A) Almost doubled
B) Remained more or less the same
C) Almost halved
The correct answer is C. That’s right, in just the past 20 years, the proportion of people living in extreme poverty in the world has almost halved.
But I bet a lot of you didn’t give that answer. I’m making that bet not because I’m Nostradamus, but because I have recently been introduced to the work of Hans Rosling. Rosling was a Swedish physician, academic, statistician, and public speaker, and one of the things he focused on in his later career was using statistics to argue that the world is, in many ways, better than we think.
Here are a couple of TED Talks by Rosling that show how great he was at spreading his message of well-documented positivity:
If you aren’t able to watch the videos, here’s some facts that may surprise you: Over time, the world has seen substantial increases in key indicators of progress such as: literacy, democracy, women’s right to vote, immunizations, and my favorite, guitars per capita.
Meanwhile, the world has seen decreases in: oil spills, plane crash deaths, deaths from disaster, ozone depletion, and hunger, to name just a few.
Those are incontrovertible facts backed by mountains of data. And yet, many of us, myself included, can have trouble believing they are true. Furthermore, we tend to have a very pessimistic and dim view of the world and the progress we are making facing our biggest challenges.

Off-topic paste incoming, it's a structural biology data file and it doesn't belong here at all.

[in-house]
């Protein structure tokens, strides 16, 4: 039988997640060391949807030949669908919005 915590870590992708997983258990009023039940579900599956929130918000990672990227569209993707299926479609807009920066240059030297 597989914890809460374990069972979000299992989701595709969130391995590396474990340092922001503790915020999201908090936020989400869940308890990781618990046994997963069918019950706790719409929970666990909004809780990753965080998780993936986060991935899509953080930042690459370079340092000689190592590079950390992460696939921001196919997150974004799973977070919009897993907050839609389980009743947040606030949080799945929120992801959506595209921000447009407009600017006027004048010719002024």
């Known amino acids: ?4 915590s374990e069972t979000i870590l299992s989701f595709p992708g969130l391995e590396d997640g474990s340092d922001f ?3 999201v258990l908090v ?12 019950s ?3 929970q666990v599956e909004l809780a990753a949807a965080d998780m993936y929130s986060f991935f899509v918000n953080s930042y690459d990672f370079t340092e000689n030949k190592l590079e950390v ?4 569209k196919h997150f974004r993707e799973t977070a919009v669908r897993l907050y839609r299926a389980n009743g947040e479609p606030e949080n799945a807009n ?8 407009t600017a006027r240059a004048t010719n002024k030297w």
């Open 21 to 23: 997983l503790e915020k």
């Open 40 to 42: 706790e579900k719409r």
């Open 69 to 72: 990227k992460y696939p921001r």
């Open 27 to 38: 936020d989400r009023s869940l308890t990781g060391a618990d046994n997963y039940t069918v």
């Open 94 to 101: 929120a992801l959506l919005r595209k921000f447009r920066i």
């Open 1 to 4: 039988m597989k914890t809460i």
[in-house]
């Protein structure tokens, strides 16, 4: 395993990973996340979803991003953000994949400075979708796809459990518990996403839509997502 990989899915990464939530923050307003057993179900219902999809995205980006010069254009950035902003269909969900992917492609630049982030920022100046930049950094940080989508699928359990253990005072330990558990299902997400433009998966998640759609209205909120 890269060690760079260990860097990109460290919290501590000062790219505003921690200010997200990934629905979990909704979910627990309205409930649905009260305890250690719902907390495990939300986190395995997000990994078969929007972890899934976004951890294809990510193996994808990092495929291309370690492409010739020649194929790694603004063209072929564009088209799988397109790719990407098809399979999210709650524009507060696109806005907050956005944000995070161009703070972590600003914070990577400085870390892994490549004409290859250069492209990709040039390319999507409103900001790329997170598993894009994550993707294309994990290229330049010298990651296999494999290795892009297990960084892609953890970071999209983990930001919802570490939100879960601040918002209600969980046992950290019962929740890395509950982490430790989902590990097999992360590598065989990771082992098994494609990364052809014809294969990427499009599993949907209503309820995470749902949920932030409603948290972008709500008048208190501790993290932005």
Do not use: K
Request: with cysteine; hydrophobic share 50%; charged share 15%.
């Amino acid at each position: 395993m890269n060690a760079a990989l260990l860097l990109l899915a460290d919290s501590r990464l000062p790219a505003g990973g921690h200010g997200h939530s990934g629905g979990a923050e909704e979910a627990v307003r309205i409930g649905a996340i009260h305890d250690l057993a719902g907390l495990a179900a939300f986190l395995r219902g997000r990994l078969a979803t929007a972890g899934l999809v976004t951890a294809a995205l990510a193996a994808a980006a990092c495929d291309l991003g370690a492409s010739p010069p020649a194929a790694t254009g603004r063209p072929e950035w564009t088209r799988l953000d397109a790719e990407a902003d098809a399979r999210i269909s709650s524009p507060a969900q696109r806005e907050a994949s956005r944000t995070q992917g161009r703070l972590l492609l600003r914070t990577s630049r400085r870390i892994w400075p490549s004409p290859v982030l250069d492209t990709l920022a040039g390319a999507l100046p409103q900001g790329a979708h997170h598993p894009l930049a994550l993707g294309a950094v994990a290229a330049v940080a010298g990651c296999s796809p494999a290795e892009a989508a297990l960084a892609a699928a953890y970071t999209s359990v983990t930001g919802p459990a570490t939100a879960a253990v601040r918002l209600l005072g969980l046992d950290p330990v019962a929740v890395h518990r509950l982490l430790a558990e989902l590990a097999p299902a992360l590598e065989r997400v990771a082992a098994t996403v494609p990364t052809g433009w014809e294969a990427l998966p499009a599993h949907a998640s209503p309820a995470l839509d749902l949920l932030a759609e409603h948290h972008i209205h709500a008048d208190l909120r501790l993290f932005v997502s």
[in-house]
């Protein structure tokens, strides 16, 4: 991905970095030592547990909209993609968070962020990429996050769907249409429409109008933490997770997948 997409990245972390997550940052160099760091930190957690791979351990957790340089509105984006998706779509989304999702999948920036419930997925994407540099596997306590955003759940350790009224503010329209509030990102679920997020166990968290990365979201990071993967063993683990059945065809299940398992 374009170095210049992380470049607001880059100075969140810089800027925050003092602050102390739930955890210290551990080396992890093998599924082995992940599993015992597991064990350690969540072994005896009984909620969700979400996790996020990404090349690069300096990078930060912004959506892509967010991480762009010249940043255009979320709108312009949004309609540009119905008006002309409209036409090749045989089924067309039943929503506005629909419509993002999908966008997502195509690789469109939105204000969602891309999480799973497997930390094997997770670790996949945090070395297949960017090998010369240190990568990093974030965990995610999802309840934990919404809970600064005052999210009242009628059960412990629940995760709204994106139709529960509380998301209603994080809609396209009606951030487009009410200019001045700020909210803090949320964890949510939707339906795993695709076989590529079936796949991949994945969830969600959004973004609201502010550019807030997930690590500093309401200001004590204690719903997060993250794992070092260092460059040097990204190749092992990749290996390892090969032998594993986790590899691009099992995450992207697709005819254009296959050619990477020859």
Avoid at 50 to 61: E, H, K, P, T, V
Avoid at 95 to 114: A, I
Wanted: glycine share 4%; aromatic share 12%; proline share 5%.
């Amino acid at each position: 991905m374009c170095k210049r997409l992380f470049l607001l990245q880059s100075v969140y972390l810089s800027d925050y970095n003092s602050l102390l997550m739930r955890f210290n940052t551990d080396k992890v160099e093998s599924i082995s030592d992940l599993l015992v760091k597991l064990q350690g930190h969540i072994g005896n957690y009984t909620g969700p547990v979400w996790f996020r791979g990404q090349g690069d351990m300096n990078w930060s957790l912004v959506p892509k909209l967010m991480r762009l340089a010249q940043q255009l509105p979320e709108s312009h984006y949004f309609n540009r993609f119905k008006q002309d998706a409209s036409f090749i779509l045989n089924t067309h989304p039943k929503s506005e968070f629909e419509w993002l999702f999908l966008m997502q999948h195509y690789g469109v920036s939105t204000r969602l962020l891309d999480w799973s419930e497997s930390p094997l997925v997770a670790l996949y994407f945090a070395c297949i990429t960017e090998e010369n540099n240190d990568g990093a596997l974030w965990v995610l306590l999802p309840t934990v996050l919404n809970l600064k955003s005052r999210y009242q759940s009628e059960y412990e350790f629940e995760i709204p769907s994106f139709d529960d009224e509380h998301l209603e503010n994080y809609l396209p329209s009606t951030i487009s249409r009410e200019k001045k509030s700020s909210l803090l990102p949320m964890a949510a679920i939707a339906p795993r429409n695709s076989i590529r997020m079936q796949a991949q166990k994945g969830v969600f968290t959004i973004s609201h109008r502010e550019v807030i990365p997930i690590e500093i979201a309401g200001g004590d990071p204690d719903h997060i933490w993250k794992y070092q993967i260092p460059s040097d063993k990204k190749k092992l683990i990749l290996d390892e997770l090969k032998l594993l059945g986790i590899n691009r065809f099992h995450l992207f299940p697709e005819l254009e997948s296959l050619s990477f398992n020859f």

Why do we have such a hard time believing things are getting better? Rosling argues there are multiple reasons:
- Humans have an instinct to notice the bad more than the good,
- we tend to romanticize the past and feel that things aren’t as good as they used to be, and
- we are subjected to never-ending cascades of negative news from across the world.
I’m motivated to change some ideas at least in part because I recognize that I often use this blog to point out some of the aspects of those services that aren’t so great. I don’t apologize for that, as we can always do better, but I do want to acknowledge the amazing progress we’ve made. So here goes:
- Between 1977 and 2010, the number of residential settings that served people with I/DD increased by a remarkable 1,598 percent, with most of these new settings being small and privately operated.
- In the same date range, the number of home and community-based services recipients outpaced residents receiving specialized Medicaid licensed intermediate care facilities (ICFs/IID) by 676.1%, while the number of people receiving ICFs/IID care decreased by 63 percent.
- The number of people with developmental disabilities in public institutions declined from 149,892 in 1977 to 51,485 in 1999.
- Ninety percent of individuals with I/DD now live in a setting with 15 or fewer people, 75 percent of which reside in settings of six or fewer residents and 49 percent in settings of three or fewer residents.
If you’d like to learn more, the links below help provide stats and background for this post.